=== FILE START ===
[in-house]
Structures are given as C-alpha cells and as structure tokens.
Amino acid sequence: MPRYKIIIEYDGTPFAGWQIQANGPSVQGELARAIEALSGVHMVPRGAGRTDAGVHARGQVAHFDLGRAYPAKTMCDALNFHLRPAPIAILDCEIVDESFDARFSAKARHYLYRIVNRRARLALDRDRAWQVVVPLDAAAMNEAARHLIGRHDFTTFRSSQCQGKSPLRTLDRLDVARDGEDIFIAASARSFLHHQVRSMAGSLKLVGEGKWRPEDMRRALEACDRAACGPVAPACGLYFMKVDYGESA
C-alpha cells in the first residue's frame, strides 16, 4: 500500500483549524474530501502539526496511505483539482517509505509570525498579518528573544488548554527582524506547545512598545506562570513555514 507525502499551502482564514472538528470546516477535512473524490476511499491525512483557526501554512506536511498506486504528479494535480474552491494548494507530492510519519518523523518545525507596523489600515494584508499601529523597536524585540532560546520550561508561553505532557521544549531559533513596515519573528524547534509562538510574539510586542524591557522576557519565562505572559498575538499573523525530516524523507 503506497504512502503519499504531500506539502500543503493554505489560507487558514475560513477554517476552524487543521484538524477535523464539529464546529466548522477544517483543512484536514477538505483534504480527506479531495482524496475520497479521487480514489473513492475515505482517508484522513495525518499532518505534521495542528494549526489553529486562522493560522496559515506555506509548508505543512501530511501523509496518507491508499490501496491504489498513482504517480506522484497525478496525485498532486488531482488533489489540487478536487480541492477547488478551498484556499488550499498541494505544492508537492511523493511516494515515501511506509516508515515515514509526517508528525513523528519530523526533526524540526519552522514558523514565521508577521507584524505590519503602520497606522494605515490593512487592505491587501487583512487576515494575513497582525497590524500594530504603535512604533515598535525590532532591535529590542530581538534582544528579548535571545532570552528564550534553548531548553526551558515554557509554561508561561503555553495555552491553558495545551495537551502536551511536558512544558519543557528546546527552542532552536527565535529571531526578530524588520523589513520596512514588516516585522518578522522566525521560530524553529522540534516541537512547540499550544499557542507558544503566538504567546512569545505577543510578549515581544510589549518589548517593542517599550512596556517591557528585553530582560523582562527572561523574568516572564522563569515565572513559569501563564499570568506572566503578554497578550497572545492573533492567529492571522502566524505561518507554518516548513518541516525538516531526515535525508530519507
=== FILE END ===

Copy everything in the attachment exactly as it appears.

[in-house]
Structures are given as C-alpha cells and as structure tokens.
Amino acid sequence: MPRYKIIIEYDGTPFAGWQIQANGPSVQGELARAIEALSGVHMVPRGAGRTDAGVHARGQVAHFDLGRAYPAKTMCDALNFHLRPAPIAILDCEIVDESFDARFSAKARHYLYRIVNRRARLALDRDRAWQVVVPLDAAAMNEAARHLIGRHDFTTFRSSQCQGKSPLRTLDRLDVARDGEDIFIAASARSFLHHQVRSMAGSLKLVGEGKWRPEDMRRALEACDRAACGPVAPACGLYFMKVDYGESA
C-alpha cells in the first residue's frame, strides 16, 4: 500500500483549524474530501502539526496511505483539482517509505509570525498579518528573544488548554527582524506547545512598545506562570513555514 507525502499551502482564514472538528470546516477535512473524490476511499491525512483557526501554512506536511498506486504528479494535480474552491494548494507530492510519519518523523518545525507596523489600515494584508499601529523597536524585540532560546520550561508561553505532557521544549531559533513596515519573528524547534509562538510574539510586542524591557522576557519565562505572559498575538499573523525530516524523507 503506497504512502503519499504531500506539502500543503493554505489560507487558514475560513477554517476552524487543521484538524477535523464539529464546529466548522477544517483543512484536514477538505483534504480527506479531495482524496475520497479521487480514489473513492475515505482517508484522513495525518499532518505534521495542528494549526489553529486562522493560522496559515506555506509548508505543512501530511501523509496518507491508499490501496491504489498513482504517480506522484497525478496525485498532486488531482488533489489540487478536487480541492477547488478551498484556499488550499498541494505544492508537492511523493511516494515515501511506509516508515515515514509526517508528525513523528519530523526533526524540526519552522514558523514565521508577521507584524505590519503602520497606522494605515490593512487592505491587501487583512487576515494575513497582525497590524500594530504603535512604533515598535525590532532591535529590542530581538534582544528579548535571545532570552528564550534553548531548553526551558515554557509554561508561561503555553495555552491553558495545551495537551502536551511536558512544558519543557528546546527552542532552536527565535529571531526578530524588520523589513520596512514588516516585522518578522522566525521560530524553529522540534516541537512547540499550544499557542507558544503566538504567546512569545505577543510578549515581544510589549518589548517593542517599550512596556517591557528585553530582560523582562527572561523574568516572564522563569515565572513559569501563564499570568506572566503578554497578550497572545492573533492567529492571522502566524505561518507554518516548513518541516525538516531526515535525508530519507